One last faceoff for Hunter and Jett Lawrence in Supercross 250s at Salt Lake City
Hunter and Jett Lawrence will get one more opportunity to faceoff in the 250 class of the Monster Energy Supercross season Saturday night at Rice-Eccles Stadium in Salt Lake City, Utah and this race could determine who has bragging right and the most wins in this division.
The rivalry could be the only thing on each of their minds. Hunter wrapped up the 250 East championship two weeks ago in Nashville and Jett sealed his deal last week in Denver, so neither rider has to worry about points. But for each, the final 250 East/West Showdown holds a different significance. Jett will make his move into the 450 class for the Lucas Oil Pro Motocross portion of the SuperMotocross World Championship. Hunter remains on a 250, for now at least.
The brothers currently have 12 wins each in this division, tied for fourth with nine other riders including Ricky Carmichael, Eli Tomac and Ryan Dungey. Winning on Saturday night would end this chapter with one brother having an edge. But for both, winning is secondary.
“We just want to give everyone a good show,” Hunter told NBC Sports last week in Denver. “Obviously I want to win, but at the same time, it’s a weird position because if he wins and I don’t, I’m not stressed out. Because it’s like we’re the same person. I want to get that ‘W” and close out with eight wins in the season.”
A Bond Forged by Fire
In professional sports, brothers competing against each other is not uncommon, but it is rare to see as deep a connection as Hunter’s and Jett’s.
Moving from Australia to Europe and then to America, Hunter and Jett share a lot of experiences. Not all of them were good and they had to watch as their dream took a financial toll on the family without a guarantee of success. It is easy to look back at those hard times in Europe, after their parent’s house had been sold to provide the necessary funds to keep going, and say it was worth it. But the weight on their shoulders created such a close bond.
“It’s attributable to how our father’s raised us,” Hunter said. “Our father has done an amazing job in raising two awesome adults - well, I wouldn’t say Jett’s a full adult yet. But [regarding the close bond] I think it starts with me leading the ship. The mental state of mind I adapt somewhat rolls over to Jett. If I was not wanting to have anything to do with Jett, it would rub off the same way for him.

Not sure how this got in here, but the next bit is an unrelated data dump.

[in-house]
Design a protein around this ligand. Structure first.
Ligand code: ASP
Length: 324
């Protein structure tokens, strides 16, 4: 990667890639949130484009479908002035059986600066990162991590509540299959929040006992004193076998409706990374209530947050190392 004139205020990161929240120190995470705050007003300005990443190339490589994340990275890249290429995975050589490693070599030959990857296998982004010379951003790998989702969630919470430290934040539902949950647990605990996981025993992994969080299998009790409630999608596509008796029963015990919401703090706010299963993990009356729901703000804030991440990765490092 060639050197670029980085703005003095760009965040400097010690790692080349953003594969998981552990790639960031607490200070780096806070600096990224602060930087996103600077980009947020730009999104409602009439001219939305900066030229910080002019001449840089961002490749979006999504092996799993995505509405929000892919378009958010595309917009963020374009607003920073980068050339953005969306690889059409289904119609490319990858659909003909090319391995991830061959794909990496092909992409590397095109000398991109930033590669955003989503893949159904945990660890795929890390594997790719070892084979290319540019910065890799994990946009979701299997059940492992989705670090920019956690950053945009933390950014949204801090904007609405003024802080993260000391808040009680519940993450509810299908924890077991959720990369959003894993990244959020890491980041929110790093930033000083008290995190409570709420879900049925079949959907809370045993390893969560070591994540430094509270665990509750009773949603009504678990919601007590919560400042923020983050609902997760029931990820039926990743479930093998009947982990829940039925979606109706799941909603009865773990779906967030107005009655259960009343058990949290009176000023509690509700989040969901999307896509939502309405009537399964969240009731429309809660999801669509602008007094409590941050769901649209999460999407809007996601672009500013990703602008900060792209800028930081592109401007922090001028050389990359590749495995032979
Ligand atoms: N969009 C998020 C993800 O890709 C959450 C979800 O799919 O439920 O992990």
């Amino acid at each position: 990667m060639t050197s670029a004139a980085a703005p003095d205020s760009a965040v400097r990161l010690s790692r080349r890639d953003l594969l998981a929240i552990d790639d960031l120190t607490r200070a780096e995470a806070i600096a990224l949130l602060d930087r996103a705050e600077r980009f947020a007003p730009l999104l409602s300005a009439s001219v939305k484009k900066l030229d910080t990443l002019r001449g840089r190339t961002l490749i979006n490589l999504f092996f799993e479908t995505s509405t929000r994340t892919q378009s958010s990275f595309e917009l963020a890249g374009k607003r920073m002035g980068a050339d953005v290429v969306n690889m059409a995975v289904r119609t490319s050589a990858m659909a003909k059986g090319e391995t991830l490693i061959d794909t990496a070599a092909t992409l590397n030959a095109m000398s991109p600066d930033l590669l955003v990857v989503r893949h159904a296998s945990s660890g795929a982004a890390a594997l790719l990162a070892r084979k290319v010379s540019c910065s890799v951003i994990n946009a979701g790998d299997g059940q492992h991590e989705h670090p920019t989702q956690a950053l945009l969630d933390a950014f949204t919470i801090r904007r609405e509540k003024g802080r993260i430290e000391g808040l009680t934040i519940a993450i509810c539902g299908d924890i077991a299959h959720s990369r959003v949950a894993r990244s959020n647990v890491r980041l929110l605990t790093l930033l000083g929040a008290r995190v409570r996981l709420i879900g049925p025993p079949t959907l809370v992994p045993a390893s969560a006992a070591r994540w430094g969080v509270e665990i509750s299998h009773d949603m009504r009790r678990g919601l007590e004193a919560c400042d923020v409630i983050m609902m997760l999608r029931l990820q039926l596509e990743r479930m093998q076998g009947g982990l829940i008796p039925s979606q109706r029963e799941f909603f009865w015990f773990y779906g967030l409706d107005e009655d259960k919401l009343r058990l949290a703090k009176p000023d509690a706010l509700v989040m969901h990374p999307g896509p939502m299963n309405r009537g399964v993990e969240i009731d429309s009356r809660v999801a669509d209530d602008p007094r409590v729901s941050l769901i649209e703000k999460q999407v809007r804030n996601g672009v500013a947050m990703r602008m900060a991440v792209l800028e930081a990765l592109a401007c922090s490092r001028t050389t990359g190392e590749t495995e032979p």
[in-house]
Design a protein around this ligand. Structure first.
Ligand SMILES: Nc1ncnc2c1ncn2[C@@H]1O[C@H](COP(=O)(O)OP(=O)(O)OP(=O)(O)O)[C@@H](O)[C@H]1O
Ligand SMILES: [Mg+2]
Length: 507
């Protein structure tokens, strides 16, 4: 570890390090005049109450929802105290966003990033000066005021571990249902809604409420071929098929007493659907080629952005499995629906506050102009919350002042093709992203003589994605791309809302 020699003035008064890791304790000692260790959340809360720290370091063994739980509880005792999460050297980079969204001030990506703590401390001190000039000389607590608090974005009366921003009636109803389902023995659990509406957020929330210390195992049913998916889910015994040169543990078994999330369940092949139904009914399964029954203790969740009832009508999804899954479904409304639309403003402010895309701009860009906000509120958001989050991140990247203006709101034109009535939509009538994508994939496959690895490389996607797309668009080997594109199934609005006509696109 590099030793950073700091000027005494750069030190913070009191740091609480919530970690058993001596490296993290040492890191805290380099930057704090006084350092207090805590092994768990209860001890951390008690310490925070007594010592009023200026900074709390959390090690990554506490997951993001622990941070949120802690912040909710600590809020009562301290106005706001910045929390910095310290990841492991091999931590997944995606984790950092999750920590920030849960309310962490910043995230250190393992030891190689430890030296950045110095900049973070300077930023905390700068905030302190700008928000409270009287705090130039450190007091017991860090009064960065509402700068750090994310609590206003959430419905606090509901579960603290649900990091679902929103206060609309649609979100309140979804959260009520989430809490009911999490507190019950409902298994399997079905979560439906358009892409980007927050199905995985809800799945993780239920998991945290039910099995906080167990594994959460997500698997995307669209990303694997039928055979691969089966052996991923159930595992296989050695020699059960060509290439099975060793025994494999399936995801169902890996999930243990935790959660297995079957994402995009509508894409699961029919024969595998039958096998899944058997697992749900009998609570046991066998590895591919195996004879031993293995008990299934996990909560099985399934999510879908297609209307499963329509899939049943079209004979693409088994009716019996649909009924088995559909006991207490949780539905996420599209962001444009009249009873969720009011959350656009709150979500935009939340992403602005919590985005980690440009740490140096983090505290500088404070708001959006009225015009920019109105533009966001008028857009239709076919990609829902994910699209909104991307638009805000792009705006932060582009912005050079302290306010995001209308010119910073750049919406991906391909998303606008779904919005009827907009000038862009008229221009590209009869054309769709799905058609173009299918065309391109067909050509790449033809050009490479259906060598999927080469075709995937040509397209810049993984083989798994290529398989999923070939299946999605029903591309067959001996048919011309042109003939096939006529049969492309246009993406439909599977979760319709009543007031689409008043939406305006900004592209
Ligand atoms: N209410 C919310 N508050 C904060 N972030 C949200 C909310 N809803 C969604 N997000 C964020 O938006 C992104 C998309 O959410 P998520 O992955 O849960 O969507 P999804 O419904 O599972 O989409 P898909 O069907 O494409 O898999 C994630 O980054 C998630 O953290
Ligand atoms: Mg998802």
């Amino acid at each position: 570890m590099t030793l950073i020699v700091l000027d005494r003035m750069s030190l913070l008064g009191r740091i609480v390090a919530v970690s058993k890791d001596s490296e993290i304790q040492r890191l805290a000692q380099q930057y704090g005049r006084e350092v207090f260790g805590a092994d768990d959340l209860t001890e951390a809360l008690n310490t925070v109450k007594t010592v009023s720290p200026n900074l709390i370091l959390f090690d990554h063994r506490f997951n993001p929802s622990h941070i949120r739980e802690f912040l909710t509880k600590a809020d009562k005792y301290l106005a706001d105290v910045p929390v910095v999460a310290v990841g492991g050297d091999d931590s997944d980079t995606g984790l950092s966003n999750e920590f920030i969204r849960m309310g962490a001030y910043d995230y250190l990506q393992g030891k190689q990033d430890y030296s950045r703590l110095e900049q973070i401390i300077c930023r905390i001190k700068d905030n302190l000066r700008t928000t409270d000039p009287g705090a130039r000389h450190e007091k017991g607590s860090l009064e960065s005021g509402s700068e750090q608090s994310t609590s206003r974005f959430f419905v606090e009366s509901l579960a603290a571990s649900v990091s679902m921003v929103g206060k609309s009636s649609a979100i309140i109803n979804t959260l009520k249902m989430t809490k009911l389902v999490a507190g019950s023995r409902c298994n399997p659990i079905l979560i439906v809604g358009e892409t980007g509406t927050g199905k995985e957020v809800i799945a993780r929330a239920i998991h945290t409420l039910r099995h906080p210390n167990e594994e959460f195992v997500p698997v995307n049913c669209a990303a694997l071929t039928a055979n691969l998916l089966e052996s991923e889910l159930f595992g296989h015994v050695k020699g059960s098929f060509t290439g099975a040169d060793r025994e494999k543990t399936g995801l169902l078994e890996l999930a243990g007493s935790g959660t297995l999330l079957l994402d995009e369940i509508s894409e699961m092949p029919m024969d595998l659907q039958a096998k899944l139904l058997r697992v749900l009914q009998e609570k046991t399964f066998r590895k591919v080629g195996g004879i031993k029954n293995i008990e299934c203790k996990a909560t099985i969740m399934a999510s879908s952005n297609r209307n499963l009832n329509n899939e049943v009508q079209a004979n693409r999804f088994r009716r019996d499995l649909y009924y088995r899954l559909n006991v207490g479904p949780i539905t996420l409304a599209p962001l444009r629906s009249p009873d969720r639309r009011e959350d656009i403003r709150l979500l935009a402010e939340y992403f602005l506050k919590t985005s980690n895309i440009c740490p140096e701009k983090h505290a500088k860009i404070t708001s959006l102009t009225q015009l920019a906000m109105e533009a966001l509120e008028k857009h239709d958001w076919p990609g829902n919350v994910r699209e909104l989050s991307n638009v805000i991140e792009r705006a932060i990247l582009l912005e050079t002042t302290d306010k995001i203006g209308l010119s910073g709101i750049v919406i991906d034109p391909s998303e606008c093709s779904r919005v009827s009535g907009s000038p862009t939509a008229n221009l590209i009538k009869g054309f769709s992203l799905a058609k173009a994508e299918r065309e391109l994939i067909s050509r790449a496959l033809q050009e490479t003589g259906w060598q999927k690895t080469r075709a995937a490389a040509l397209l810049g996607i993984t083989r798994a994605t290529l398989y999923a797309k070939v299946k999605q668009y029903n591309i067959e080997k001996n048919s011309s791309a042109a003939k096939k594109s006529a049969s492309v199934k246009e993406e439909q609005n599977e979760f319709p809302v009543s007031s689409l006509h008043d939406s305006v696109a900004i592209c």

“So how our dad’s raised us and how I’ve chosen what path to take. I don’t want to say it created the brotherhood - that is up to us. I think it’s cool because in 15 years, ideally, we want to look back, and he’ll be my best friend for the rest of my life, but look back and go, man, we dominated the sport.”
When one looks back on the past two seasons of supercross, that is precisely what they have done.
In 2022, Hunter was scheduled to race in the 250 East division, but a minor injury to Jett at the beginning of that season changed their plans. Hunter was more than happy to move into the West division, but in doing so he ran into the buzz saw that was Christian Craig. Still, if not for one bad race in Anaheim, Hunter would have swept the podium last year.
In 2023, Hunter has been perfect in regard to podium finishes, which means he’s been worse than third only once in the past two years.
Jett has swept the podium in the past two seasons and captured the 250 East championship last year.
This One’s for Bragging Rights
Since they have been running in separate divisions, the East/West Showdowns take on added significance.
Three rounds ago, Hunter and Jett were supposed to face off against one another for the first of two Showdowns. Rain turned that feature into a survival-of-the-fittest contest, but through a series of events at the end of the race, the brothers both stood on the podium with Jett in second and Hunter third.
“It sucked because it was pretty fun riding, but at the same time I had a blast in the mud,” Jett told NBC Sports last week as he prepared to practice in Denver. “It was exciting. I was gripping on hard, trying not to slip off the back because the bike was so slippery with the mud on it. There was a whole lot of drama you had to go through, so it made it a more exciting to get on the box.”
In that race, Jett had a sizeable lead on Hunter, who was running fourth until RJ Hampshire dive-bombed Jett and sent both to the ground. Jett recovered to finish second. Hunter advanced to third.
Prior to the race in Salt Lake City, Hunter joked that was only a small taste of what Jett could expect if Hunter needed the position Saturday night.
On the other hand, Jett just might not put up quite as strong a fight. He has his health to consider as the graduates to 450s, a class that has been decimated by injury in the past few rounds.
“The main focus is outdoors [and 450s] after [Salt Lake City] and we’ll just take it like it is,” Jett said. “I’m trying to take time and appreciate the small things throughout my career. Going into 450s, I’m just trying to soak in that stuff.”
One way or another, the Lawrence brothers are going to make it interesting Saturday night.